India was badly affected by an internet blackout a few days ago. The south-east coast of India, especially Tamil Nadu and Andhra Pradesh, were badly hit by cyclone Vardah, and this was the main reason for internet services being affected across the continent. Chennai is one of the major landing points for India’s undersea internet telecommunication links, and the cyclone was responsible for major damage to the undersea submarine cables.
Majority of the internet flows through undersea cables and very little passes through satellites. India receives its data connection from three major landing points, namely Mumbai, Tamil Nadu and Kerala. Internet data reaches India through a network of undersea submarine fibre-optic cables owned by telecomm giants such as Singtel, Etisalat, France Telecomm and China Telecomm. The cables run across thousands of miles across the floor of the seabed, connecting different nations to the internet circuit.
When an undersea submarine fibre-optic cable is damaged, it needs to be repaired with top priority as many nations depend on internet networks for data communication. Damaged by earthquakes, ship anchors and fishing trawls, undersea cables often need repairs and maintenance.
Repairing a cable is similar to repairing a punctured tire where the bad rubber is replaced with a new patch. When a fibre-optic cable breaks in mid sea, it is impossible to see the fault directly. Hence, when such incidents take place, the telecom operator has to locate the accident and replace the damaged stretch with a fresh new cable.
First, the telecom operator locates the damaged area by zeroing in on the problematic part. To do this, they send signal pulses through the cable from one end or base station. The damaged area (break) will bounce back the pulse to the signalling site which sent the data. Calculating the time delay from the reflected signal, engineers can zero in on the exact point and area of the problem. Then they send out a large cable repair ship, with fresh optic cables to replace the defective part under the sea. The cable is then lifted from the sea bed using special hooks (grapnel) and dragged onto the ship. The faulty cables are then spliced onboard, joined with a fresh cable, sealed with a watertight and anticorrosive covering and returned back to the seabed. Then the ship sends out the information to the base stations to test the cable again. Once the test signals are reaching the destination, the work is confirmed and the cable is repaired successfully. The data is then switched on and the connection restored. The entire process can take up to 16 hours or more, depending the number of cable breaks, successful repairs, time of day, weather conditions at sea and ships around the area.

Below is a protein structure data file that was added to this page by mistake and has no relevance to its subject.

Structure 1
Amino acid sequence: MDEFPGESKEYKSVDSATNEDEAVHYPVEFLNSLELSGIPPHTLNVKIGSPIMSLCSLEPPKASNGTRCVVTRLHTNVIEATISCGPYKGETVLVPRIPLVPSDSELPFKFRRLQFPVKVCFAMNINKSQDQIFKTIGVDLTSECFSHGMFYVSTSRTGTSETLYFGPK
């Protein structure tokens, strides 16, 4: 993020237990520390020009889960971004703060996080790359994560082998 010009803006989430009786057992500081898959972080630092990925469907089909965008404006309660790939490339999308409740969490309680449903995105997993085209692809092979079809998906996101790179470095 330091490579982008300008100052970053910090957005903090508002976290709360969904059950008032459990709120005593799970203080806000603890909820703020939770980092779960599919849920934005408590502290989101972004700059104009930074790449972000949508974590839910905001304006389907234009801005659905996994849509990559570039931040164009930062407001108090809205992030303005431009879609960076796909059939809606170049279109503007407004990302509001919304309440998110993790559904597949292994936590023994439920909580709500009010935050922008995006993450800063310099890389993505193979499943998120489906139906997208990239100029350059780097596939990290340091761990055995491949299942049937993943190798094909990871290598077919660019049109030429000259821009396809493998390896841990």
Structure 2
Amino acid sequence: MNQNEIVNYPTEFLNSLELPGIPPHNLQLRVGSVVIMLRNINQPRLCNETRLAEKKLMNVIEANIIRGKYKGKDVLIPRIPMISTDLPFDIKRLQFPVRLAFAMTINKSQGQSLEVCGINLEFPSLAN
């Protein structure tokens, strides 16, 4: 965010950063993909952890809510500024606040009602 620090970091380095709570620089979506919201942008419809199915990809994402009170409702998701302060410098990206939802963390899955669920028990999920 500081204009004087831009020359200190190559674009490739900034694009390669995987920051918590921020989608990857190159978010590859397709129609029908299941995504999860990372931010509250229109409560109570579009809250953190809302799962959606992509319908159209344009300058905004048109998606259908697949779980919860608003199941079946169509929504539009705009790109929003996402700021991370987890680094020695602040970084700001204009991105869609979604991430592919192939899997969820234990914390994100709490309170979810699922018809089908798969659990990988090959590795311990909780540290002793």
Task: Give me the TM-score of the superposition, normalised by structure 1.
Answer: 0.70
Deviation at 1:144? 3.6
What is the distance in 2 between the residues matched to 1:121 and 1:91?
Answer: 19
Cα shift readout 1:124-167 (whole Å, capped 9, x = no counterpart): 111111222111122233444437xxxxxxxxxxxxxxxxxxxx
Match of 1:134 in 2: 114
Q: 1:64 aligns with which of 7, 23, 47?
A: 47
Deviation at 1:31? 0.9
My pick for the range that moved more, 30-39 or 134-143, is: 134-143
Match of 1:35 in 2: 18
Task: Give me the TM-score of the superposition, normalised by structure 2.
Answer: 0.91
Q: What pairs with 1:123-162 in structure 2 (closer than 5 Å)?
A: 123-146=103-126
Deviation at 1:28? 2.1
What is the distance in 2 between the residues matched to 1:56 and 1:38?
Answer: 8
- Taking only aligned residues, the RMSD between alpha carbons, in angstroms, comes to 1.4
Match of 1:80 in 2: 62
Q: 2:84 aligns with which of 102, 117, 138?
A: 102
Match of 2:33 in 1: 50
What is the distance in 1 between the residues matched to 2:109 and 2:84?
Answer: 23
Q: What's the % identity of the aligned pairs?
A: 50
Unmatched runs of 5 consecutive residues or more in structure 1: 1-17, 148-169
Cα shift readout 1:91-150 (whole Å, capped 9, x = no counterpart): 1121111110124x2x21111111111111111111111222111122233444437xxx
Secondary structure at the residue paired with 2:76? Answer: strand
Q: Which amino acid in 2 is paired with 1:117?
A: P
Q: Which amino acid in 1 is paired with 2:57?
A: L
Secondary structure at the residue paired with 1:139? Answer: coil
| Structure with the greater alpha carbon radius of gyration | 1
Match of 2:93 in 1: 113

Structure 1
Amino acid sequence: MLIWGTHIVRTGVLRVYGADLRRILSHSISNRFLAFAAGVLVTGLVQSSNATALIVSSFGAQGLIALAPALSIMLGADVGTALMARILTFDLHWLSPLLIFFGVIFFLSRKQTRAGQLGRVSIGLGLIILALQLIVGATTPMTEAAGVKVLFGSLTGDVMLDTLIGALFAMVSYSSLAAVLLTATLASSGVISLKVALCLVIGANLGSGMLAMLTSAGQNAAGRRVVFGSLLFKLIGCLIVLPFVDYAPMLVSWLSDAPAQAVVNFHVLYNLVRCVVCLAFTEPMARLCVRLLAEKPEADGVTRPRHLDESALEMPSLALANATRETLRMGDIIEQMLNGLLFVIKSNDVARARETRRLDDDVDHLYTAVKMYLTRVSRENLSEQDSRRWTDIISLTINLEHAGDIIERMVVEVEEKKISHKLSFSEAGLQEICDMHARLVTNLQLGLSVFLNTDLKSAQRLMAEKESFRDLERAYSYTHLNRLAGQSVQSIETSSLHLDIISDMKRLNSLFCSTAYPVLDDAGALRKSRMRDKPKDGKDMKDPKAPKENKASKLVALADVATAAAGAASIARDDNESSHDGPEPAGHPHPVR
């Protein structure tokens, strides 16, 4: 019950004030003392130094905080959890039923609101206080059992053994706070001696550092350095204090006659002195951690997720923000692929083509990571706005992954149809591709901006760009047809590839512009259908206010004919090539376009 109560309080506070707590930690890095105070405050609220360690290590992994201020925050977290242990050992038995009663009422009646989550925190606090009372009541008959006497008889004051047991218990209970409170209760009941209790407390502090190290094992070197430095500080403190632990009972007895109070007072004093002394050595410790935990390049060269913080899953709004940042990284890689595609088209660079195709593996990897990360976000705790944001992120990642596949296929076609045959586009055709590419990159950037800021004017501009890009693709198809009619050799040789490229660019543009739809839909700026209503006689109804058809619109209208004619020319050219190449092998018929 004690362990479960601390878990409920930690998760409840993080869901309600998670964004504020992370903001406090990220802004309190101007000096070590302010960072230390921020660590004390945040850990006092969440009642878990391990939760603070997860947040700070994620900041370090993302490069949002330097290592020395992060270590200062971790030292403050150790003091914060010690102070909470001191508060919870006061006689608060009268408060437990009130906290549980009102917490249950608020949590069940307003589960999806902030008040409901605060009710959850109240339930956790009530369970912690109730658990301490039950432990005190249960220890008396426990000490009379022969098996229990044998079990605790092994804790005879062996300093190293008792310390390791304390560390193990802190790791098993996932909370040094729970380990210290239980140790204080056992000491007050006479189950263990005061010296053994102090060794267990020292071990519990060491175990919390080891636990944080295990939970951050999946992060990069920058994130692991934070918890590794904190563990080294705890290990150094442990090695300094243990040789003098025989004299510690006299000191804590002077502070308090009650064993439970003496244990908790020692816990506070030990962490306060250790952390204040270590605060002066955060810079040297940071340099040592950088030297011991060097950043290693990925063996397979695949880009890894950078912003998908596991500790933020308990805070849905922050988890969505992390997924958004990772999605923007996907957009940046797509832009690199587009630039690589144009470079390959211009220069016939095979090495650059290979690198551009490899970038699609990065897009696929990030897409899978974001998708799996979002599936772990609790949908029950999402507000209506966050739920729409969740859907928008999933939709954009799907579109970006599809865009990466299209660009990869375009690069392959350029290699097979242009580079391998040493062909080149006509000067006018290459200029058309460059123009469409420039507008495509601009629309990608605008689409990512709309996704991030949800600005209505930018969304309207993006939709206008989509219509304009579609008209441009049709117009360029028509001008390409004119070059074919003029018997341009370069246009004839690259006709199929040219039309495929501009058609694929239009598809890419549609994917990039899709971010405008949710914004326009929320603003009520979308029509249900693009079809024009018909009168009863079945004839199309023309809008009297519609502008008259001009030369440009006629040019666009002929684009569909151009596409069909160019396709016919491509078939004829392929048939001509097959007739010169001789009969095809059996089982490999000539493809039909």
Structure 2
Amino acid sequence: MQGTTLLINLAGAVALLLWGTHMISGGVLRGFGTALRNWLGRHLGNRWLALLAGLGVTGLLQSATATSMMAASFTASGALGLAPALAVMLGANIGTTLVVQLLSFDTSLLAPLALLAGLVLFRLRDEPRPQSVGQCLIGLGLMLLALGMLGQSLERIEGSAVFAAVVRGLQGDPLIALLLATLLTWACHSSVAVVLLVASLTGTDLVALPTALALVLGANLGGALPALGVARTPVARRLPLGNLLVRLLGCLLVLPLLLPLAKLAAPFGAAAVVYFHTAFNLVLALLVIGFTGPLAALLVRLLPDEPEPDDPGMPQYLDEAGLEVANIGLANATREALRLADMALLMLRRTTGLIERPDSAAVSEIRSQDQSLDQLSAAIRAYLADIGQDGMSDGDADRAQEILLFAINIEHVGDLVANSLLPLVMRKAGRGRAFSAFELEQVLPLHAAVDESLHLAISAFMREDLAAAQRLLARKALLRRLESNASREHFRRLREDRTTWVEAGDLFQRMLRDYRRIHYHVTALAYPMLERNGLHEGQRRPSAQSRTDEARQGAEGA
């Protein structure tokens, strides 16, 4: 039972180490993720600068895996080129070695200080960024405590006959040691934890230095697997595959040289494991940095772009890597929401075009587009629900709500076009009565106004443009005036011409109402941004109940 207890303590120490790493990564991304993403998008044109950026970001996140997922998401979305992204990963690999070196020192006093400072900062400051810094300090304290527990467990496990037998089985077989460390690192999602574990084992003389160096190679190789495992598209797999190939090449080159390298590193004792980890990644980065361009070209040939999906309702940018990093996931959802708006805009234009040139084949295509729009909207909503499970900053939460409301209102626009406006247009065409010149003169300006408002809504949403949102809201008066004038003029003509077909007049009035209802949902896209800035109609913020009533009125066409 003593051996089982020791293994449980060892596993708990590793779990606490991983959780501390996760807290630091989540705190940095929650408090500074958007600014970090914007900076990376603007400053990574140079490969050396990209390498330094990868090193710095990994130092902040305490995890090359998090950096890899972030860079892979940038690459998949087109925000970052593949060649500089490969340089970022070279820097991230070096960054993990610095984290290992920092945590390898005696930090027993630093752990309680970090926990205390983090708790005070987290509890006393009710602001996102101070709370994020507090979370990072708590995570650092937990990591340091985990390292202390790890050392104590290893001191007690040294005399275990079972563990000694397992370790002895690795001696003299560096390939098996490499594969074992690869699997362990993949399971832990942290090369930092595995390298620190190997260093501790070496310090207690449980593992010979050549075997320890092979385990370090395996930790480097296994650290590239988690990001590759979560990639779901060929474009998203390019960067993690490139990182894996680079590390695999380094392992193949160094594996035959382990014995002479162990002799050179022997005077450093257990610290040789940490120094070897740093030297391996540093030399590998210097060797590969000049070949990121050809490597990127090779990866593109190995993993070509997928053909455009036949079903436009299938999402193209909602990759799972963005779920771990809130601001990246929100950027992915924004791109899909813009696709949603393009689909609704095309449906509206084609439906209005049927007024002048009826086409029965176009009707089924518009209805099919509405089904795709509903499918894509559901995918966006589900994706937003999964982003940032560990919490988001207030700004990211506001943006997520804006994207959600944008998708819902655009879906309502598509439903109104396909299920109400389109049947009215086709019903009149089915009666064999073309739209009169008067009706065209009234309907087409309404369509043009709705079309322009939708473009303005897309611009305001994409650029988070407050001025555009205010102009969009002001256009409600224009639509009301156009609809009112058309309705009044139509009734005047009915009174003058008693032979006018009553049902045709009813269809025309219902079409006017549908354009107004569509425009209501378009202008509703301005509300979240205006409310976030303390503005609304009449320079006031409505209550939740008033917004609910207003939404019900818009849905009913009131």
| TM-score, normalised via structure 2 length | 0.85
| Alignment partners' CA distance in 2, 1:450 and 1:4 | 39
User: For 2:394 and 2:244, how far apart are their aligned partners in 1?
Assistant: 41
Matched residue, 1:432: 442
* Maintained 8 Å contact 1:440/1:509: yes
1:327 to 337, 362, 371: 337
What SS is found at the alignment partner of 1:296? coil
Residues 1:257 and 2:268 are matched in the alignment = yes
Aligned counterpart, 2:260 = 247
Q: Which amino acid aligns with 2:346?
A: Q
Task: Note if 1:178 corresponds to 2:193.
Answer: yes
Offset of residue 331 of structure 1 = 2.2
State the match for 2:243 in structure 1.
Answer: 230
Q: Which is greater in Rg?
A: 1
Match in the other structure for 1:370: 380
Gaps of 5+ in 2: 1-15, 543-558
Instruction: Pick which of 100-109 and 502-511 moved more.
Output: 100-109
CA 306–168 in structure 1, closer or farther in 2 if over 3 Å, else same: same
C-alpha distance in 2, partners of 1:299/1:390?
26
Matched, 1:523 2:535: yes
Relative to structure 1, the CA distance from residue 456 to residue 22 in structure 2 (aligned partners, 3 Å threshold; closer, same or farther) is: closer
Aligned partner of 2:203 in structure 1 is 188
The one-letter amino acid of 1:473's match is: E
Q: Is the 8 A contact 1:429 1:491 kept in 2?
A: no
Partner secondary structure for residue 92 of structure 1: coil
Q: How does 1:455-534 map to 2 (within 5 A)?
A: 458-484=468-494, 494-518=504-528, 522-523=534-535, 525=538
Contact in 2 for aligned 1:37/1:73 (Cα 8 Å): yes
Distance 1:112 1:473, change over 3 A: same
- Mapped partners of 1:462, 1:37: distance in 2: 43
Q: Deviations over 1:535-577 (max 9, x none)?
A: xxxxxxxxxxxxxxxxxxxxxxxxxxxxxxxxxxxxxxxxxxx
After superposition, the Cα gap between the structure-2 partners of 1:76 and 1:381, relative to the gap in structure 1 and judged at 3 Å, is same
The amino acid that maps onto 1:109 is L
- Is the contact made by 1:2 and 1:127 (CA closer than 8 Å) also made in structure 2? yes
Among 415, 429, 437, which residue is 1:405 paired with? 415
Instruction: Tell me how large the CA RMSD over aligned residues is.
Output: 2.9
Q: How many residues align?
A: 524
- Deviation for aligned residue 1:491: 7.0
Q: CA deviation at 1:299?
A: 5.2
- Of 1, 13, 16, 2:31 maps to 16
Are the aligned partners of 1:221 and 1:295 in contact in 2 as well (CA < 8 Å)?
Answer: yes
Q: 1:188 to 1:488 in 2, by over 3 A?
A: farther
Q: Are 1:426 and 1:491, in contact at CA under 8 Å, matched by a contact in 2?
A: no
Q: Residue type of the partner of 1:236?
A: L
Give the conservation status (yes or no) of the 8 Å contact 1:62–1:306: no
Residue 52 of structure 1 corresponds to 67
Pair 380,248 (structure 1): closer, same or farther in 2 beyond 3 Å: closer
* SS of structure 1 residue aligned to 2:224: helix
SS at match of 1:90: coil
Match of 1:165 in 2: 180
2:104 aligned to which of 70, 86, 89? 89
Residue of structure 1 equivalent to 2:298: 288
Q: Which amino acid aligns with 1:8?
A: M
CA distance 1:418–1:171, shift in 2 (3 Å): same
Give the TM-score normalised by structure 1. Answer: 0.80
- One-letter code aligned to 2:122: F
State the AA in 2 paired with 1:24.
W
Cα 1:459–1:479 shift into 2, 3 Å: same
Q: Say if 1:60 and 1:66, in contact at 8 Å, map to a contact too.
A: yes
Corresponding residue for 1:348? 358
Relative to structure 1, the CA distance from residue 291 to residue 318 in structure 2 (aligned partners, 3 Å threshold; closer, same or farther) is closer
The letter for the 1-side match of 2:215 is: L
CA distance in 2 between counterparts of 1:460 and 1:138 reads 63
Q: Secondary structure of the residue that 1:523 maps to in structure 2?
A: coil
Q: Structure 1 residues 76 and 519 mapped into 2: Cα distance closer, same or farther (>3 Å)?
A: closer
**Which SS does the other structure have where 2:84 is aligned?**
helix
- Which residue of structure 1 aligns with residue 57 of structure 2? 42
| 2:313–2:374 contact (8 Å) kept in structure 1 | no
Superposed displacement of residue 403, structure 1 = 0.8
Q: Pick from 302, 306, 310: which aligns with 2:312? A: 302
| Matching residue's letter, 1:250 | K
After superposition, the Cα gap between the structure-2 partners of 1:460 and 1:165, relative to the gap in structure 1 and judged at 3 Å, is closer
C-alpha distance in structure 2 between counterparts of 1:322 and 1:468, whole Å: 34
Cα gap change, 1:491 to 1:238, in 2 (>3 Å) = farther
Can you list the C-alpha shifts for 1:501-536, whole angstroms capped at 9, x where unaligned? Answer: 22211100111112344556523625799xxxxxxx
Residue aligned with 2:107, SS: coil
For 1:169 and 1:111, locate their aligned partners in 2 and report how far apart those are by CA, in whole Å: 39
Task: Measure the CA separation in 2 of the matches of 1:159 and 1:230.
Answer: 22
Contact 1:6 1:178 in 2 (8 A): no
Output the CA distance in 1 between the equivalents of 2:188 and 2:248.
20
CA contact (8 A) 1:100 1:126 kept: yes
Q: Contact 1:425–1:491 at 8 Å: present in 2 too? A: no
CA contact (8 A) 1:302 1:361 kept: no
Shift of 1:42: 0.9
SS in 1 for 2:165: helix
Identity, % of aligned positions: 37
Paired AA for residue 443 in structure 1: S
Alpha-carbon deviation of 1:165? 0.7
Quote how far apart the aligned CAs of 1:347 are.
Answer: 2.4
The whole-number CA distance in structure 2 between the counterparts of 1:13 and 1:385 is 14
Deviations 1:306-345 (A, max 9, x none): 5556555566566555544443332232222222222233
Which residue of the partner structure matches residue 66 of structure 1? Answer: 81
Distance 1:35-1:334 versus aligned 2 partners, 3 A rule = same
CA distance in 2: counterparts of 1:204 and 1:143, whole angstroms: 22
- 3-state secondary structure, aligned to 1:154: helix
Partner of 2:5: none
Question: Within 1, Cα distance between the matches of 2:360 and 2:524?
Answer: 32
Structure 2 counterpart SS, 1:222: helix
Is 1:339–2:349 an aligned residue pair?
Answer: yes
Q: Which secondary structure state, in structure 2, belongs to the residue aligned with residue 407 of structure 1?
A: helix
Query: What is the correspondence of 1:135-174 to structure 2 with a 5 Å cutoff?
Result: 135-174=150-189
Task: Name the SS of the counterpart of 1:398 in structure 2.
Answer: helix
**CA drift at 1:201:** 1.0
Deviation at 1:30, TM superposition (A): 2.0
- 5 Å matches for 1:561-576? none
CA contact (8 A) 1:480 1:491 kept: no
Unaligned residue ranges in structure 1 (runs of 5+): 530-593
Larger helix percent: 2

Check out the video below which shows how engineers patch a fibre-optic cable: